Visa Inc. (NYSE:V), the world leader in digital payments, today shared an updated look at how fraud has evolved since the height of the pandemic, with criminals simultaneously targeting online and offline vulnerabilities as our daily lives return to a blend of in-person and e-commerce experiences.
“As in-person commerce returns to pre-pandemic levels, crooks are back to exploiting the physical points of vulnerability in stores, while continuing to capitalize on e-commerce through malware, ransomware and phishing attacks, among others,” said Neil Fernandes, Head of Risk in NALP and GCC regions at Visa.
Two new pieces of global research – the latest Visa Biannual Threats Report and an MIT Technology Review Insights study “Moving Money in a Digital World,” released on October 6in partnership with Visa – highlight new and returning threats to the post-pandemic economy.
Digital commerce, crypto users are rich targets for innovative fraudsters
Still, the digital commerce environment – vastly accelerated by the pandemic – remains the richest target for cybercriminals.
Nearly three-fourths of fraud and data breach cases investigated by Visa’s Global Risk team involved e-commerce merchants – often social engineering and ransomware attacks. Digital skimming attacks targeting e-commerce platforms and third-party code integrations are common.
These attacks shine a light on the need for stringent security controls on merchant websites and checkout pages, ensuring external code is not enabled in sensitive cardholder environments. In fact, 42% of respondents in the MIT Technology Review Insights report Moving money in a digital world | MIT Technology Review say security measures are important for their customers, with 59% acknowledging that cybersecurity threats are the biggest challenge to expanding digital payments. Many are prioritizing advanced security capabilities like digital tokens (32%), artificial intelligence and enhanced authorization (43%).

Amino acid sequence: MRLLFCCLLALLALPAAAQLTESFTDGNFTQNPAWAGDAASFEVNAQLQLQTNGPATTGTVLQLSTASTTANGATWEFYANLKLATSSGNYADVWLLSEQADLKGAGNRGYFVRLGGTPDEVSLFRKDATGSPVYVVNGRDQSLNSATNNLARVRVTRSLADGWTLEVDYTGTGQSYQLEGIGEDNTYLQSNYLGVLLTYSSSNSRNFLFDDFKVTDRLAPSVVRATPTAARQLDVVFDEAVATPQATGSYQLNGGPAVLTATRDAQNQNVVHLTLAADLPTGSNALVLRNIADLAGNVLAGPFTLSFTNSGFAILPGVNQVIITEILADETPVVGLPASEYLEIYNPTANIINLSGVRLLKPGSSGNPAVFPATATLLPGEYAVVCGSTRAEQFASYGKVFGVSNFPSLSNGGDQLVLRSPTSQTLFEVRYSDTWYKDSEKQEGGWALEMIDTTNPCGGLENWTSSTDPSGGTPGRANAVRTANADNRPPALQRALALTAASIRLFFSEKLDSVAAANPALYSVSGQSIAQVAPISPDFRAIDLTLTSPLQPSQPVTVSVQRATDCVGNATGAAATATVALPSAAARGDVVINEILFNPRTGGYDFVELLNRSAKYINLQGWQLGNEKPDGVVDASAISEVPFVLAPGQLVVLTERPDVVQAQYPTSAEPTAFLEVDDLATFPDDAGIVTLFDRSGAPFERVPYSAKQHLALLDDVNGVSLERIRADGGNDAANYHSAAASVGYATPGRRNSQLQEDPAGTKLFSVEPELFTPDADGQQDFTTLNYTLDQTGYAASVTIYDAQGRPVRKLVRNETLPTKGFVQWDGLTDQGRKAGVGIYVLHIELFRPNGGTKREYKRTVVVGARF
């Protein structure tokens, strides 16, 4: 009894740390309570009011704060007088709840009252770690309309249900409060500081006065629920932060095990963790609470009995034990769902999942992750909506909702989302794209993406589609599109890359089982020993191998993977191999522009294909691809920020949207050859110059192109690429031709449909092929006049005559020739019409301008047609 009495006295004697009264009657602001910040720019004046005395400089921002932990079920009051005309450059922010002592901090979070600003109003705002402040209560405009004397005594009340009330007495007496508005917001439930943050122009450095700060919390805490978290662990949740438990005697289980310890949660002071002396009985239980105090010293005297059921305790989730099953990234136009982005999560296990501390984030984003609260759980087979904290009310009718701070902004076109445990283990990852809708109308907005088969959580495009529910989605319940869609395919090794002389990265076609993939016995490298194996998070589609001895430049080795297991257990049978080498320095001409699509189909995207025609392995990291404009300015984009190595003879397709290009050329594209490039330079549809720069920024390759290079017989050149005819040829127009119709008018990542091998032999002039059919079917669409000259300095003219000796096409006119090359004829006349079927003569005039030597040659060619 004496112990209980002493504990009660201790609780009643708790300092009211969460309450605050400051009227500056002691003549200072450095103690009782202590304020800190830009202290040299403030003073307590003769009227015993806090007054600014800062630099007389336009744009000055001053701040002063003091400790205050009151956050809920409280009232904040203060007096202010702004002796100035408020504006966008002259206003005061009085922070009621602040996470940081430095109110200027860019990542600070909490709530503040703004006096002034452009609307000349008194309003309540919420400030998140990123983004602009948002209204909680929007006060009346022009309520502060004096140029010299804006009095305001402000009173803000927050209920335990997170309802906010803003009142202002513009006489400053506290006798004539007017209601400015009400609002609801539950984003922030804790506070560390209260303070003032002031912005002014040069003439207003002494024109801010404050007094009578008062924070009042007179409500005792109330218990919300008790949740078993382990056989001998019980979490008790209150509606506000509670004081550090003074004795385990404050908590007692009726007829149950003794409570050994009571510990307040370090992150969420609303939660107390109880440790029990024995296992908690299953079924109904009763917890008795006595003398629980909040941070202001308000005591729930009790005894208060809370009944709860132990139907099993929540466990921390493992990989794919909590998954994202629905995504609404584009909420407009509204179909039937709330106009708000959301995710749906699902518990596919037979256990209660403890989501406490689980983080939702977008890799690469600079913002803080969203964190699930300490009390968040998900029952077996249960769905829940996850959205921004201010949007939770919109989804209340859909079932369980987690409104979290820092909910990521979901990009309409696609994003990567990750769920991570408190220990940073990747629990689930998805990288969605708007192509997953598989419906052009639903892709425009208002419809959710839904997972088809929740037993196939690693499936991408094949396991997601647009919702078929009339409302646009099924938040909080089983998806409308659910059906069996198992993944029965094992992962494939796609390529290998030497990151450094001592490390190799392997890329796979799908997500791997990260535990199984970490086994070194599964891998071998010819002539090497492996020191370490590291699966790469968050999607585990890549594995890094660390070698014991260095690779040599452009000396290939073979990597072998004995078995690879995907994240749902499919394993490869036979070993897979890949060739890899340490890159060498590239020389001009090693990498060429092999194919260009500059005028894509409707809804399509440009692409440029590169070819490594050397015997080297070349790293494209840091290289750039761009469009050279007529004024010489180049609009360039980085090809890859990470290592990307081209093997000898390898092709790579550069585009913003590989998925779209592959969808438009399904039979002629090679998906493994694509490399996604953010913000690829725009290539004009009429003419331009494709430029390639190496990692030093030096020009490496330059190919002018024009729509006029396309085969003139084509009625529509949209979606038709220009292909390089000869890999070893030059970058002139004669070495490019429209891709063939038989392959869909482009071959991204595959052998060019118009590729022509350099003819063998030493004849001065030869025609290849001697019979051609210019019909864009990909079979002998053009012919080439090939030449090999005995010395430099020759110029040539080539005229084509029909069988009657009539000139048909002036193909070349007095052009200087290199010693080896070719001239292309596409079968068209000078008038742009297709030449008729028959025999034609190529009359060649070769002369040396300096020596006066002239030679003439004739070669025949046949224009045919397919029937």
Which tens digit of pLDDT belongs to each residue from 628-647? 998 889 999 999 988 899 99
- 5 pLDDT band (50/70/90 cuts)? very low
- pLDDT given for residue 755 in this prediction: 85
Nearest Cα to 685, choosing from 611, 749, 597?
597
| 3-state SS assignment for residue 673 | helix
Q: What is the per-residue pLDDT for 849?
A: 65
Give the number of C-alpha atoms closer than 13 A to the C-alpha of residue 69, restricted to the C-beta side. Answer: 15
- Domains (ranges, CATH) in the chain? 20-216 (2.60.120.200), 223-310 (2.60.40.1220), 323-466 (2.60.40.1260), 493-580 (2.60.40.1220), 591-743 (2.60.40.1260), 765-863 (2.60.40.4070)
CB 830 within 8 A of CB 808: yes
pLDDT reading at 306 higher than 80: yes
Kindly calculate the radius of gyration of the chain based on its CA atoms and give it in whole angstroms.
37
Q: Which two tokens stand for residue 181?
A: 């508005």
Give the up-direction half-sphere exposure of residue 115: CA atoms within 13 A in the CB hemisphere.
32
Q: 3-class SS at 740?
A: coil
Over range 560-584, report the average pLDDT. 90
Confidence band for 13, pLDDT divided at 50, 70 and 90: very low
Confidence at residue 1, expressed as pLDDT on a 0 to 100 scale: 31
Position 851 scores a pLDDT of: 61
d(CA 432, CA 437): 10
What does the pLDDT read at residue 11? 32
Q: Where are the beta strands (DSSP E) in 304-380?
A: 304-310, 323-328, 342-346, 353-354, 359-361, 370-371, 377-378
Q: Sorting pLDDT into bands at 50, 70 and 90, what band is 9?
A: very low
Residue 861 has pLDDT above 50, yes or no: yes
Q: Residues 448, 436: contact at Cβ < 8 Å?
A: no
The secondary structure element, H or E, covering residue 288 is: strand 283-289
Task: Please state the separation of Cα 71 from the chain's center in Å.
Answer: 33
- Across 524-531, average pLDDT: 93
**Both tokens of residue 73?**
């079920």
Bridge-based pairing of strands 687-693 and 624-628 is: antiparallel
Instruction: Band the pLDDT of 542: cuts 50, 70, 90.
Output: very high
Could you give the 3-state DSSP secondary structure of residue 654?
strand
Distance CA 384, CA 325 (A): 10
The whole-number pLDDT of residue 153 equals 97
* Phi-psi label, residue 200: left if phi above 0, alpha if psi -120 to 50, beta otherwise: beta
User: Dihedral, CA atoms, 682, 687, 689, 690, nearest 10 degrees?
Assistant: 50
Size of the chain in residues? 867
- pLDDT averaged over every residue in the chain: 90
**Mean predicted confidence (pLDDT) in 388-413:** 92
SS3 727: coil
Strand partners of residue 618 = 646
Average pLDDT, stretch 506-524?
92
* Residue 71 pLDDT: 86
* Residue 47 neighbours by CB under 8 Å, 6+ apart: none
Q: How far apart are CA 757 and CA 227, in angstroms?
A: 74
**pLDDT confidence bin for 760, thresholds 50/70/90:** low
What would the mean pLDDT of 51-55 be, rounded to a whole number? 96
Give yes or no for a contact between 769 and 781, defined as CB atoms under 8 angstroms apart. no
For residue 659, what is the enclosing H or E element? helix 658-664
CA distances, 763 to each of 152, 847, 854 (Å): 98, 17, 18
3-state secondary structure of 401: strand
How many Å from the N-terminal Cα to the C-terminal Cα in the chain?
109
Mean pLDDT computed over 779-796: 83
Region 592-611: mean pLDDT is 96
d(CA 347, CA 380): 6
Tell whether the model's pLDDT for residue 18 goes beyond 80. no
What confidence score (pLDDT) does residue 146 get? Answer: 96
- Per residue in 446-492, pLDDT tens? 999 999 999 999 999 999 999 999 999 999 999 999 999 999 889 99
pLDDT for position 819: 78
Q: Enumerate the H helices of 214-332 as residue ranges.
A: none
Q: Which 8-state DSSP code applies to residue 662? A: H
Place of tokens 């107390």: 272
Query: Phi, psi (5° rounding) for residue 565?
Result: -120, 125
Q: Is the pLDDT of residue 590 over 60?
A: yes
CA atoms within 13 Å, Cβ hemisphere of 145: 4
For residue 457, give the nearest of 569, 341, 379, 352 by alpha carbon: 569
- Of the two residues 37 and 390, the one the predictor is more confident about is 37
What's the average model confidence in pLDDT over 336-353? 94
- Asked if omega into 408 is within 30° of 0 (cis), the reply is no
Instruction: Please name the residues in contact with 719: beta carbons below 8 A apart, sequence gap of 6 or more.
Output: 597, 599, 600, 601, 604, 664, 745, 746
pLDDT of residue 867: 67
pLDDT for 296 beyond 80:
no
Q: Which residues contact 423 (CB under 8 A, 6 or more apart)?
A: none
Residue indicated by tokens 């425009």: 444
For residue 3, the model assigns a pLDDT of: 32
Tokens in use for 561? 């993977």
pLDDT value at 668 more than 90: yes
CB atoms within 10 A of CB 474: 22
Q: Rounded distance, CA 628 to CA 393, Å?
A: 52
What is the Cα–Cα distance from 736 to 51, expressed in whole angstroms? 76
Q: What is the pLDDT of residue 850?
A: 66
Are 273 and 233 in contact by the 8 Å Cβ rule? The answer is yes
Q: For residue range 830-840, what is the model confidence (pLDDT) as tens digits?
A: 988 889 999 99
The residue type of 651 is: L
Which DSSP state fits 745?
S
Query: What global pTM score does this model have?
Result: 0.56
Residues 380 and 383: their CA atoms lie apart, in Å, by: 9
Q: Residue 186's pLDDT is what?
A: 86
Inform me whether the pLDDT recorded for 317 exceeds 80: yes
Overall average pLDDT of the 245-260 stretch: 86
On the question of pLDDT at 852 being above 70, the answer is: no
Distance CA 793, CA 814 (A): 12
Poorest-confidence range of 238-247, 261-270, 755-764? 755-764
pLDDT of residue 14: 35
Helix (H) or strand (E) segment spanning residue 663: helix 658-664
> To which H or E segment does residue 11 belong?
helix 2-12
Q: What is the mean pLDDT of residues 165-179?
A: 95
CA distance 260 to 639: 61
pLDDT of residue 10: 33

Beyond attacks on traditional currency, threat actors are employing new tactics to defraud cryptocurrency users, including new malware focused on browser extension wallets for crypto users as well as innovation in phishing and social engineering schemes. Crypto bridge services are also a target. From January through February 2022, three sizeable thefts exploiting vulnerabilities in various bridge services netted cyber thieves over $400 million.
Protection Is Visa’s promise
While cybercrime persists, Visa has increased its efforts to mitigate fraud. Over the past five years, Visa has invested more than $9 billion on network security. Visa employs more than a thousand dedicated specialists protecting Visa’s network from malware, zero-day attacks and insider threats 24x7x365. Visa also deploys AI-enabled capabilities and always-on experts to protect its ecosystem, proactively detecting and preventing billions of dollars of attempted fraud. In fact, Visa’s real-time monitoring with AI blocked over $4.2 billion in fraudulent payments volume in the last 12 months, preventing many from ever knowing they were at risk of a potential fraudulent transaction.
To read more of the Payment Fraud Disruption report, visit Biannual Threats Report (visa.com). To read the full MIT Technology Review Insights Moving Money in a Digital World report, visit Moving money in a digital world | MIT Technology Review.